In this case, there is no question that Safeway failed to pay the claim within 30 days after receiving satisfactory proof of loss. Further, the trial judge made a factual finding that Safeway's failure to pay was arbitrary and capricious. Because he made this factual finding, the court of appeal was correct in awarding attorney fees under La.R.S. 22:658 because, unlike penalties under La.R.S. 22:1220C, penalties and attorney fees under La.R.S. 22:658B(1) are mandatory, rather than discretionary, where a breach of La.R.S. 22:658B(1) has occurred. McDill v. Utica Mut. Ins. Co ., 475 So.2d 1085, 1092, n.6 (La. 1985) (citing Hart v. Allstate Ins. Co ., 437 So.2d 823 (La. 1983)); Steadman v. Pearl Assurance Co ., 242 La. 84, 134 So.2d 884, 888 (La. 1961). This holding is not in conflict with the court of appeal's correct legal finding that where La.R.S. 22:1220 provides the greater penalty, La.R.S. 22:1220 supersedes La.R.S. 22:658 such that Calogero cannot recover penalties under both statutes. 735 So.2d at 820. However, because La.R.S. 22:1220 does not provide for attorney fees, Calogero is entitled to recover attorney fees under La.R.S. 22:658 for Safeway's arbitrary and capricious failure to pay his claim within 30 days of receiving satisfactory proof of loss.
The court of appeal's award of $7,000 in attorney fees is an appropriate amount under the factors enunciated in Rivet v. State, DOTD , 96-0145 (La. 9/5/96), 680 So.2d 1154, 1161.
Finally, we reach the primary issue in this case, which is whether the court of appeal erred in reversing the trial court's factual finding that Safeway did not misrepresent policy provisions as prohibited by La.R.S. 22:1220B(1) and in awarding a second penalty under La.R.S. 22:1220C. The trial court held that "[p]laintiff's assertion that SAFEWAY misrepresented policy provisions is rejected." The court of appeal reversed, finding that Safeway "misrepresented the exclusion when it conveyed to Calogero that the policy did not provide coverage solely because Campos was operating the insured vehicle at the time of the accident." Calogero v. Safeway , 735 So.2d at 820.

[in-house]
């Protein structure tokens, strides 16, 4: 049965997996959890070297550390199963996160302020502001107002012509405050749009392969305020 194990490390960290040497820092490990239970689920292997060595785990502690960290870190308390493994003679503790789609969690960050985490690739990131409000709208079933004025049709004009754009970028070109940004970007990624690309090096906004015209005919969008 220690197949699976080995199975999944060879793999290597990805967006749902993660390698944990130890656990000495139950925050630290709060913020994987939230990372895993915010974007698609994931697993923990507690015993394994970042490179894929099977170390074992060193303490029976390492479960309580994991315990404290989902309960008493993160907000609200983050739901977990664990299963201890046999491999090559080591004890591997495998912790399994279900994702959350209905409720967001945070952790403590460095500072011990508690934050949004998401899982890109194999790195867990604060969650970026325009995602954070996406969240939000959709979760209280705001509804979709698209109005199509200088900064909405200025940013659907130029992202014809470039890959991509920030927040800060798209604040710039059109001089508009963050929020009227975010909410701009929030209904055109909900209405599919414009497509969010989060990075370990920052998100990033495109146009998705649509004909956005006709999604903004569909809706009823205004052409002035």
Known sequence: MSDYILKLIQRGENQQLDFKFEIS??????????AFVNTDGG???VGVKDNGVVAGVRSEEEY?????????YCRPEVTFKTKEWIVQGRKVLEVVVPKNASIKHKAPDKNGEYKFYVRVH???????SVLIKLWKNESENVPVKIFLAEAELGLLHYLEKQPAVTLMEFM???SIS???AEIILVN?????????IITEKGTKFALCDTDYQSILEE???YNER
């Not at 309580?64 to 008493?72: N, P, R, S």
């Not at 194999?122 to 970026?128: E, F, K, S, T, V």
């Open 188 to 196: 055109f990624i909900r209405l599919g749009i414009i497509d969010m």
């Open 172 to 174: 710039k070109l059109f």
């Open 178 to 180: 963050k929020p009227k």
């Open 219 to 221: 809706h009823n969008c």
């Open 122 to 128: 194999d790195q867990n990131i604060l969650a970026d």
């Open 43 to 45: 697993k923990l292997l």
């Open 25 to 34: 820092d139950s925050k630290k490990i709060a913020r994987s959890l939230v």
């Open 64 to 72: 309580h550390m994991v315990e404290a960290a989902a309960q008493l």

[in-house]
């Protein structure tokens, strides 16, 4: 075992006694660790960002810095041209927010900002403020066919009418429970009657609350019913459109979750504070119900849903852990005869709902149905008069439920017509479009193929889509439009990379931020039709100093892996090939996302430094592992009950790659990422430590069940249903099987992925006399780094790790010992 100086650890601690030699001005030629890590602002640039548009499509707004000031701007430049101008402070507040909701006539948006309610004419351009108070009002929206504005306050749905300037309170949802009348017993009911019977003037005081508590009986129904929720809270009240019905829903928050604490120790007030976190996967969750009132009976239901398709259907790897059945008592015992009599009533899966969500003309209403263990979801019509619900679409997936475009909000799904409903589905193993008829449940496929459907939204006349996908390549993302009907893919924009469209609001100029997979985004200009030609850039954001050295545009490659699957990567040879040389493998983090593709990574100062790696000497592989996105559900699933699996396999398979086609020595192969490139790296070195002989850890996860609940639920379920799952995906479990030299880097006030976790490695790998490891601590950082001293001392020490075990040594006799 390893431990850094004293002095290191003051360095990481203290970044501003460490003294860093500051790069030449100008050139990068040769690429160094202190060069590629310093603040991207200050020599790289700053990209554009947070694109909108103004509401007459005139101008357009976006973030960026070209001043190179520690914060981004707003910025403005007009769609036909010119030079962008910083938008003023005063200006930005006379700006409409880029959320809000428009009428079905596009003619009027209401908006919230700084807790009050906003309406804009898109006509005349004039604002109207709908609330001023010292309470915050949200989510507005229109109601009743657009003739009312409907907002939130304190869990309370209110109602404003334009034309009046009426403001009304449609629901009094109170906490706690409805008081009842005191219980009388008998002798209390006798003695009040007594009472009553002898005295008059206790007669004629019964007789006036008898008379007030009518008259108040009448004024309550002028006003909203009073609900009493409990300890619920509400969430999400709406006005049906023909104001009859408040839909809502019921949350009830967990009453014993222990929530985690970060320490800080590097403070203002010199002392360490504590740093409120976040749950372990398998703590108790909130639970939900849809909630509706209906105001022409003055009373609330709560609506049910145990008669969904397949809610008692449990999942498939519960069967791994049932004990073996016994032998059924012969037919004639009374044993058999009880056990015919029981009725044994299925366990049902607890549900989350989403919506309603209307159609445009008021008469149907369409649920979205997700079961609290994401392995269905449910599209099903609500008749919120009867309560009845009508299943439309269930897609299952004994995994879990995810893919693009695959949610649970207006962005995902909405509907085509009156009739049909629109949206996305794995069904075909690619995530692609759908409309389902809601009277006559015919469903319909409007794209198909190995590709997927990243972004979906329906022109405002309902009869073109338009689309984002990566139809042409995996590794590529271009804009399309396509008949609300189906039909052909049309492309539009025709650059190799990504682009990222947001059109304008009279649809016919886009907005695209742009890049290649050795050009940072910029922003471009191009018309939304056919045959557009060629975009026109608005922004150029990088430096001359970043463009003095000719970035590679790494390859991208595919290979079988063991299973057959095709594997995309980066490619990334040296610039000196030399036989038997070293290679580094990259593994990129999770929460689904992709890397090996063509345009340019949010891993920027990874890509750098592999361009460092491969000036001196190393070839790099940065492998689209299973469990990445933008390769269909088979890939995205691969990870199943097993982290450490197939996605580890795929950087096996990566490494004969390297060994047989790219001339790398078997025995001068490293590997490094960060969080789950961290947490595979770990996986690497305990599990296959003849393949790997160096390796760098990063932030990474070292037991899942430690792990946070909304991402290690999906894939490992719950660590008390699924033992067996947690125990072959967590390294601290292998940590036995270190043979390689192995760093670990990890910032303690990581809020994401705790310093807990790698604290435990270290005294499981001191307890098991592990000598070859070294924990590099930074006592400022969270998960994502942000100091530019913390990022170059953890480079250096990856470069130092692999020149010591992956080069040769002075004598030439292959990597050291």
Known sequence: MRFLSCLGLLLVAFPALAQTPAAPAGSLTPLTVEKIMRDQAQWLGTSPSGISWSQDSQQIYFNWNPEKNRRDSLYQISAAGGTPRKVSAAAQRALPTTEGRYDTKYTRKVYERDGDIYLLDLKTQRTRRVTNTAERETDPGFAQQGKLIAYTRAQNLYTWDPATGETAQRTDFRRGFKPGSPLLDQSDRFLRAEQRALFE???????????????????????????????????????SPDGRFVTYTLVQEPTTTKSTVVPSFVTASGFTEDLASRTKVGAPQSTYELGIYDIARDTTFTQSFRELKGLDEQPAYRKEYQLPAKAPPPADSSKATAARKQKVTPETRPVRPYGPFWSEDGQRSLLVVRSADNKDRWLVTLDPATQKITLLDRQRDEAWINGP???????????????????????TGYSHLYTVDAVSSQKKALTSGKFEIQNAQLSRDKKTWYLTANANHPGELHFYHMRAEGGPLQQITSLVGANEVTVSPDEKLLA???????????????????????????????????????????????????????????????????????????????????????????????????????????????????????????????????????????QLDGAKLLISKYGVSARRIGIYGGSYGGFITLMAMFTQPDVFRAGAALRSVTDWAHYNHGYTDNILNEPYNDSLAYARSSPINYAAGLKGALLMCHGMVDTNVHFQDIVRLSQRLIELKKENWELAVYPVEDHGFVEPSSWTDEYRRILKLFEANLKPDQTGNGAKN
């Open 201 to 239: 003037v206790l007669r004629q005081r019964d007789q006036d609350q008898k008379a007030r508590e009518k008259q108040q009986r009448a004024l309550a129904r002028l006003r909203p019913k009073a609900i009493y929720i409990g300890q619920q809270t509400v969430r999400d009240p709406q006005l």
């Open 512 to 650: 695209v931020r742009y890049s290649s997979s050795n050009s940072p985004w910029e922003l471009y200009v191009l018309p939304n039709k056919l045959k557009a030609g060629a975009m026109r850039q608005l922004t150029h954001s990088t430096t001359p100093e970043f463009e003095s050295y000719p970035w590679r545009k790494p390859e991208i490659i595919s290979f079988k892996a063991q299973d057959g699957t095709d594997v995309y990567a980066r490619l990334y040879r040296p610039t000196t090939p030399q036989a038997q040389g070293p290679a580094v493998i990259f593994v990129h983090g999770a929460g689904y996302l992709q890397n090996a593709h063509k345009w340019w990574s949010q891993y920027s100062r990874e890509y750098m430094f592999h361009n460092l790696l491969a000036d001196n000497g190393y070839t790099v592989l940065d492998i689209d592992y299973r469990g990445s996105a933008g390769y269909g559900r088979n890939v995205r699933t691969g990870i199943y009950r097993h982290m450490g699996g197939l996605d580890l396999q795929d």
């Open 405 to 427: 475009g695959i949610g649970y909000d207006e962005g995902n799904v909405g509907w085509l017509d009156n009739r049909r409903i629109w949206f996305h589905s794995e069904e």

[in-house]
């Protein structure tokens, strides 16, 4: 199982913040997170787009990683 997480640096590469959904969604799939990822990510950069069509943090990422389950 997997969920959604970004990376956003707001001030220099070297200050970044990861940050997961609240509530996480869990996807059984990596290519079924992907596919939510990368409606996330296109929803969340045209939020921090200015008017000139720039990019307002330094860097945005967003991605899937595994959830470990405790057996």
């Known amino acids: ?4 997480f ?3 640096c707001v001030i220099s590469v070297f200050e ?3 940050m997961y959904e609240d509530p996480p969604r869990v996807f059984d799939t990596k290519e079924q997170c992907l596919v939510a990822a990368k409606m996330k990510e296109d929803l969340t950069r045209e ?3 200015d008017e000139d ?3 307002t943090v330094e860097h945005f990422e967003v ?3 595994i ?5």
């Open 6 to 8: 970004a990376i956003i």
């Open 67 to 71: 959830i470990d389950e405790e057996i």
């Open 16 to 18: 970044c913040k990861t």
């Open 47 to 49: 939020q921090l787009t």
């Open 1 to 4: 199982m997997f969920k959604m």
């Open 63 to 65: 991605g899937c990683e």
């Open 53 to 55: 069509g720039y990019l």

Safeway's statement to Calogero reflecting its position that the "Exclusion of Named Driver" endorsement operated to preclude coverage under the policy was not a "misrepresentation" of the policy's provisions under La.R.S. 22:1220B(1). It was merely Safeway's interpretation of the meaning of that exclusion. The exclusion relied on by Safeway was alone on a separate sheet of paper from the main policy, contained only one paragraph, and was not hidden, inconspicuous or cloaked in legal-ease. Safeway did not misquote the provision to Calogero or his attorney and they were well aware of the language of the provision. Safeway merely cited the provision to Calogero and later to Calogero's attorney and gave them Safeway's interpretation of that provision. Therefore, we hold that the trial court's finding that Safeway did not misrepresent the policy provisions was not manifestly erroneous and reinstate that ruling.
Because we reinstate the trial court's ruling that Safeway did not violate La.R.S. 22:1220B(1), we need not address the court of appeal's holding that Calogero was entitled to an additional $5,000 penalty award under La.R.S. 22:1220C because of its breach of La.R.S. 22:1220B(1).
The trial court's finding that Safeway was arbitrary and capricious in refusing to pay Calogero's claim was not manifestly erroneous in light of the fact that the clear and unambiguous language of the exclusionary provision relied on by Safeway did not exclude David Campos from coverage unless the accident or damage was caused by him. As it was uncontraverted that David Campos did not cause the accident, Safeway's defense was unreasonable. For its breach of La.R.S. 22:1220B(5), the trial court correctly awarded Calogero $5,000 in penalties. Further, because Safeway's conduct also violated La.R.S. 22:658B(1), the court of appeal was correct in awarding Calogero $7,000 in attorney fees. However, Safeway's statement to Calogero regarding Safeway's interpretation of the exclusionary clause was not a misrepresentation of a policy provision, thus Safeway did not breach La.R.S. 22:1220B(1).
For the reasons stated herein, the judgment of the court of appeal awarding plaintiff an additional $5,000 in penalties for violating La.R.S. 22:1220B(1) is reversed. In all other respects, the judgment of the court of appeal is affirmed.
AFFIRMED IN PART; REVERSED IN PART.